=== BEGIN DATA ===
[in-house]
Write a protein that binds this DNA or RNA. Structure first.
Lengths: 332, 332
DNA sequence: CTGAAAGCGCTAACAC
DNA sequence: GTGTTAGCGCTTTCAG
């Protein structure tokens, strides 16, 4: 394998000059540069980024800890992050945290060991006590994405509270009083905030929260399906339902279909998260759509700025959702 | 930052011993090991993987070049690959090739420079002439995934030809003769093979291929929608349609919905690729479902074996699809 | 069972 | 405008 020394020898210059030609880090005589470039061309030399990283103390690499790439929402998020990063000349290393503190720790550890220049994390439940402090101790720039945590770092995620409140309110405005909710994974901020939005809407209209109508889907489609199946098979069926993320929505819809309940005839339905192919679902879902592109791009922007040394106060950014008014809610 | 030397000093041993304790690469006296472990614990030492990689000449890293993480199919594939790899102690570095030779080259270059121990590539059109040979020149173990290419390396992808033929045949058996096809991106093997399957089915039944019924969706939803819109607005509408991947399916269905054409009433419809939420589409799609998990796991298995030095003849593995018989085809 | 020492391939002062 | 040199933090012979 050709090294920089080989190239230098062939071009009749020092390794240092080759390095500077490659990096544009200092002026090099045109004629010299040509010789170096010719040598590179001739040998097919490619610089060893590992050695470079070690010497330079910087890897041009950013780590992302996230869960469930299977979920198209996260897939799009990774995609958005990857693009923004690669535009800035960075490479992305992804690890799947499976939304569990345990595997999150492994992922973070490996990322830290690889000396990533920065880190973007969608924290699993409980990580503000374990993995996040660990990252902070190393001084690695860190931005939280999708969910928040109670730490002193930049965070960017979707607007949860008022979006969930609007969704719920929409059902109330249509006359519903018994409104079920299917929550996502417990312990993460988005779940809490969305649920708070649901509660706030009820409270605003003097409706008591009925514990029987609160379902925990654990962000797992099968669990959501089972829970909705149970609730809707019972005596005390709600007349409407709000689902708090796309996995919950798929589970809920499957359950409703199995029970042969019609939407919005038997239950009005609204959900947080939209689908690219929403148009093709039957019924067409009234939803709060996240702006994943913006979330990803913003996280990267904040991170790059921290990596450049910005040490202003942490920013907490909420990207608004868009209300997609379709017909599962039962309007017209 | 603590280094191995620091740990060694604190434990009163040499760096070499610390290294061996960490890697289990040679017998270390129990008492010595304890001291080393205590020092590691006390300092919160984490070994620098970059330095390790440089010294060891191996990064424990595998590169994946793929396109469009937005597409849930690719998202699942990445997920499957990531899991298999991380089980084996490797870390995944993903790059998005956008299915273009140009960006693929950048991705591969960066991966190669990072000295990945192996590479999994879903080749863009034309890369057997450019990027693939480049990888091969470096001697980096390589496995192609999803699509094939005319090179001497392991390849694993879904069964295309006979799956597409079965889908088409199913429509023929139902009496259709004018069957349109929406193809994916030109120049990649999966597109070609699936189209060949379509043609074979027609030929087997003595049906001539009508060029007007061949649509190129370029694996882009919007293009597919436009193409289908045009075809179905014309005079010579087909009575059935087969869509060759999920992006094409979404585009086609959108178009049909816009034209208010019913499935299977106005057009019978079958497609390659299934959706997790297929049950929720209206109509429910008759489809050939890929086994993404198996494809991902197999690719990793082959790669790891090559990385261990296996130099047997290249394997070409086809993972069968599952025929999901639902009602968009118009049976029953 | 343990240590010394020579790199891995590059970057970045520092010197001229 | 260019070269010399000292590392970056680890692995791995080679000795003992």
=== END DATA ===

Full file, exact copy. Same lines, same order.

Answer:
[in-house]
Write a protein that binds this DNA or RNA. Structure first.
Lengths: 332, 332
DNA sequence: CTGAAAGCGCTAACAC
DNA sequence: GTGTTAGCGCTTTCAG
């Protein structure tokens, strides 16, 4: 394998000059540069980024800890992050945290060991006590994405509270009083905030929260399906339902279909998260759509700025959702 | 930052011993090991993987070049690959090739420079002439995934030809003769093979291929929608349609919905690729479902074996699809 | 069972 | 405008 020394020898210059030609880090005589470039061309030399990283103390690499790439929402998020990063000349290393503190720790550890220049994390439940402090101790720039945590770092995620409140309110405005909710994974901020939005809407209209109508889907489609199946098979069926993320929505819809309940005839339905192919679902879902592109791009922007040394106060950014008014809610 | 030397000093041993304790690469006296472990614990030492990689000449890293993480199919594939790899102690570095030779080259270059121990590539059109040979020149173990290419390396992808033929045949058996096809991106093997399957089915039944019924969706939803819109607005509408991947399916269905054409009433419809939420589409799609998990796991298995030095003849593995018989085809 | 020492391939002062 | 040199933090012979 050709090294920089080989190239230098062939071009009749020092390794240092080759390095500077490659990096544009200092002026090099045109004629010299040509010789170096010719040598590179001739040998097919490619610089060893590992050695470079070690010497330079910087890897041009950013780590992302996230869960469930299977979920198209996260897939799009990774995609958005990857693009923004690669535009800035960075490479992305992804690890799947499976939304569990345990595997999150492994992922973070490996990322830290690889000396990533920065880190973007969608924290699993409980990580503000374990993995996040660990990252902070190393001084690695860190931005939280999708969910928040109670730490002193930049965070960017979707607007949860008022979006969930609007969704719920929409059902109330249509006359519903018994409104079920299917929550996502417990312990993460988005779940809490969305649920708070649901509660706030009820409270605003003097409706008591009925514990029987609160379902925990654990962000797992099968669990959501089972829970909705149970609730809707019972005596005390709600007349409407709000689902708090796309996995919950798929589970809920499957359950409703199995029970042969019609939407919005038997239950009005609204959900947080939209689908690219929403148009093709039957019924067409009234939803709060996240702006994943913006979330990803913003996280990267904040991170790059921290990596450049910005040490202003942490920013907490909420990207608004868009209300997609379709017909599962039962309007017209 | 603590280094191995620091740990060694604190434990009163040499760096070499610390290294061996960490890697289990040679017998270390129990008492010595304890001291080393205590020092590691006390300092919160984490070994620098970059330095390790440089010294060891191996990064424990595998590169994946793929396109469009937005597409849930690719998202699942990445997920499957990531899991298999991380089980084996490797870390995944993903790059998005956008299915273009140009960006693929950048991705591969960066991966190669990072000295990945192996590479999994879903080749863009034309890369057997450019990027693939480049990888091969470096001697980096390589496995192609999803699509094939005319090179001497392991390849694993879904069964295309006979799956597409079965889908088409199913429509023929139902009496259709004018069957349109929406193809994916030109120049990649999966597109070609699936189209060949379509043609074979027609030929087997003595049906001539009508060029007007061949649509190129370029694996882009919007293009597919436009193409289908045009075809179905014309005079010579087909009575059935087969869509060759999920992006094409979404585009086609959108178009049909816009034209208010019913499935299977106005057009019978079958497609390659299934959706997790297929049950929720209206109509429910008759489809050939890929086994993404198996494809991902197999690719990793082959790669790891090559990385261990296996130099047997290249394997070409086809993972069968599952025929999901639902009602968009118009049976029953 | 343990240590010394020579790199891995590059970057970045520092010197001229 | 260019070269010399000292590392970056680890692995791995080679000795003992």